In a stand mixer with paddle attachment, break up the almond paste in a large bowl until crumbly. Add the sugar and butter and mix until blended, about 2 minutes. Add the eggs one at a time, mixing well to incorporate after each addition. Increase speed to medium-high and beat until mixture is light and fluffy, about 3 minutes. Reduce speed to low and mix in the dry ingredients until just incorporated. Fold in the blueberries

Scrape batter into pan; sprinkle crumble on top. Bake cake until a tester inserted into the center comes out clean, 80–90 minutes. Let cool in pan before unmolding and dust with powdered sugar just before serving.

‘Against the Grain’ Barley Berry Pilaf with Roasted Vegetables and Feta Crumble

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¼ cup canola oil
1/2 cup onions-small dice
1/2 cup carrots-small dice
1 cup barley berries
3 cups of vegetable stock
1 tsp salt-or to taste

Feta Crumble:

1 cup crumbled Feta
1 cup crumbled herbed croutons
Basil to garnish

Selection of Seasonal Farmer’s Market Vegetables – Grilled to your liking – We like to use peppers and zucchini and garnish with fresh cherry tomatoes.

Vinaigrette:

In a bowl, whisk the following ingredients

¼ cup good quality balsamic vinegar
¾ cup good quality olive oil
dash of salt

In a medium sized saucepan on medium high heat, sauté the onions and carrots until the onions are translucent. Add barley berries, vegetable stock and salt. Bring the water and barley to a boil over medium high heat, skimming off any foam. Reduce heat to a low simmer cover and cook until the barley is done – approximately 25 – 35 minutes. Add more water if the pan becomes dry before the barley has finished cooking; check every 5 minutes until desired chewiness is reached. Leave the barley to sit for 10 minutes, covered, until any remaining liquid has all been absorbed.

Slice the vegetables into bite sized pieces. Mix with the barley and vinaigrette. Garnish with the cherry tomatoes and crumble mixture. Enjoy cold or at room temperature!

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Red Apron Tips & Tricks II

Guest Blogger:  Tanya Ewanovich, Red Apron Client, Foodie & Cheesemaker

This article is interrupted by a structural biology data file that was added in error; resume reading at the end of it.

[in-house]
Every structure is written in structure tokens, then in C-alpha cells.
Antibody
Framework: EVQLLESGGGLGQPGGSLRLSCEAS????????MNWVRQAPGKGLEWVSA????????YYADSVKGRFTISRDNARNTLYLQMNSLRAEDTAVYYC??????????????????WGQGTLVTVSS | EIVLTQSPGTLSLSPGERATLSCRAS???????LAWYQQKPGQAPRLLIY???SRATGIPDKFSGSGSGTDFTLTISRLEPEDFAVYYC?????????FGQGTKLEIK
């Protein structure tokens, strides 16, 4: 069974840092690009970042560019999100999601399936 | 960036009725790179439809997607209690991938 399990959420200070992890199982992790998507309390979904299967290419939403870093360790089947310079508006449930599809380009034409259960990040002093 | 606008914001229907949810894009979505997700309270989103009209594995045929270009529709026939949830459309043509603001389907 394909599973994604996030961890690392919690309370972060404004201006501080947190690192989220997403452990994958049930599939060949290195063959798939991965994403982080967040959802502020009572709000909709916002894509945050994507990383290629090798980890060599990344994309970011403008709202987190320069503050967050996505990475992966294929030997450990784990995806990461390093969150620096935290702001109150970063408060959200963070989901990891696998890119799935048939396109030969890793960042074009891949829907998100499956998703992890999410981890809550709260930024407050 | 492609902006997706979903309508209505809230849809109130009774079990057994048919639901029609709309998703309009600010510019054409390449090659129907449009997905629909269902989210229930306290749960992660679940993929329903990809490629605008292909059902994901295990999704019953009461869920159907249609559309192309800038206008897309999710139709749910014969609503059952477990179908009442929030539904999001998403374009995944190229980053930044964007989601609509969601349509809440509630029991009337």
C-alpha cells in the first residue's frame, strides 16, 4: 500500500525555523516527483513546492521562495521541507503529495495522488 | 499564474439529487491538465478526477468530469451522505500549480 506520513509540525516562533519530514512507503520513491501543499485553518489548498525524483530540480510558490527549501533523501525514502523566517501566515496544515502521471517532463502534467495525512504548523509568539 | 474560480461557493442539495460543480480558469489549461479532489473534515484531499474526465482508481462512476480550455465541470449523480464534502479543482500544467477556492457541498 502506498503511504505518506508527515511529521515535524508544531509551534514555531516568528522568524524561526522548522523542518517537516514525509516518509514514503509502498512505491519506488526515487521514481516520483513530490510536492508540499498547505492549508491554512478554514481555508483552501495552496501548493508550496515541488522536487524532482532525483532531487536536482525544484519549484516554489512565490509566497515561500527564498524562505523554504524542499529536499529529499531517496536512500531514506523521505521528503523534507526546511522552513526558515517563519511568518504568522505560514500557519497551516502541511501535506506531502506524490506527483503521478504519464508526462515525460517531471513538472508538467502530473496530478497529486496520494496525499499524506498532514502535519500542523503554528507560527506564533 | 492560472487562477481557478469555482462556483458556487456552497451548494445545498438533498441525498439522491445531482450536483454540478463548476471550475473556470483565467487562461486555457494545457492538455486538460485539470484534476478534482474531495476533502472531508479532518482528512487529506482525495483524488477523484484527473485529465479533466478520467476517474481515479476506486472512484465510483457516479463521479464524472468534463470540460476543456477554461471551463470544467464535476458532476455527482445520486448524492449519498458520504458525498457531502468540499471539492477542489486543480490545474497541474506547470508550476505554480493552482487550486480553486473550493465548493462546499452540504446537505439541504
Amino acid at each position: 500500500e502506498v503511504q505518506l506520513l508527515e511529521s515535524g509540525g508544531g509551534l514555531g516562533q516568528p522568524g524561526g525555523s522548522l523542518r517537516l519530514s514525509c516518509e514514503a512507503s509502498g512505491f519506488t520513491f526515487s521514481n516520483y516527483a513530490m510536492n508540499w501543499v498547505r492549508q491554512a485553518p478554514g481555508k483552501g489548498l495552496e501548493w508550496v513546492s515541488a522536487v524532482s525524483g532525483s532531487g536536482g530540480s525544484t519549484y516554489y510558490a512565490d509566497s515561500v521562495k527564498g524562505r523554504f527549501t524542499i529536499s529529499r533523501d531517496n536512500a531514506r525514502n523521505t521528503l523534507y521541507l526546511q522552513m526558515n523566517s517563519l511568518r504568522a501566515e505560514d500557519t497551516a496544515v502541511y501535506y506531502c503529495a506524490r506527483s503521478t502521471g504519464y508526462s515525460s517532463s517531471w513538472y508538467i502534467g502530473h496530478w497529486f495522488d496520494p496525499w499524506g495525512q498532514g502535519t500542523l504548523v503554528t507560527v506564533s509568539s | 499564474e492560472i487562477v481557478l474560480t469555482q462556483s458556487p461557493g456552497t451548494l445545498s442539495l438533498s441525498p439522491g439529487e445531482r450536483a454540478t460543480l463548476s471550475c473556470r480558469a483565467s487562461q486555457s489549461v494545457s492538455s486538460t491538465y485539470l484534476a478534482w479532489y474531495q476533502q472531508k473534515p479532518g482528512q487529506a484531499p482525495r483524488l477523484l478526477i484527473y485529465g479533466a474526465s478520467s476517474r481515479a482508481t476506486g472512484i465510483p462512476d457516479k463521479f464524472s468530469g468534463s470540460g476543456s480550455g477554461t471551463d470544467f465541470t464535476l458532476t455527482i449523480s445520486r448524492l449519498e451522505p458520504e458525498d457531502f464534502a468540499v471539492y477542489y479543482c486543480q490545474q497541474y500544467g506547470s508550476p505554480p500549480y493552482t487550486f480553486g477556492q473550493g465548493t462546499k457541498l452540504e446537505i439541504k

We love our weekday Red Apron meals and the containers always look great…but what to do with all the garnishes in the containers? Quite honestly, we eat some of them, but mostly we we were throwing them out and I felt so guilty wasting these fragrant bundles.

image1I also love cooking with herbs but the problem is that when I grow them in my garden, half the time I forget about using them. When I buy them at the store, there is always way more than the recipe calls for and so again, I forget about them at the back of my veggie bin until they are spoiled beyond recognition.

I think you know where this might be going. For several months I have been drying the Red Apron’s herbaceous garnishes in my kitchen and now I have little scented gems ready to become part of a meal. See how quickly they dry on my hutch!

Here is a picture of roasted chicken thighs using oregano and thyme (both Red Apron image3meal garnishes dried in my kitchen), rosemary (yea! I remembered to get some from my pot in the garden), red chilli flakes, Dijon mustard, leftover white wine, olive oil, sea salt and freshly ground pepper.

Yumm…my aromatic Red Apron Trick!

Another simple way to use up Red Apron leftovers…I had some kale waiting in my fridge for some inspiration along with Seed to Sausage Juniper and Garlic Bacon, leftover from Sunday brunch. I also had some dressing from last week’s Red Apron salad. Since my husband doesn’t like a lot of dressing, we always have extras accumulating in the fridge. There was also a bit of Red Apron slaw, but not enough to use it as a proper side dish. So here you have it…kale salad and not a single bite leftover for tomorrow…sigh.

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About the Red Apron
the red apron is a meal delivery service for busy families and savvy singles. We create locally sourced, sophisticated comfort food, letting you rediscover the taste of great food without the stress of shopping and meal preparation.
 
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We are Mothers, residents of our community, entrepreneurs as well as active participants in our local economy. We individually have a history of owning and operating successful local businesses.

Our commitment to getting people “back to the table” starts at home and extends to our community through a number of philanthropic endeavours.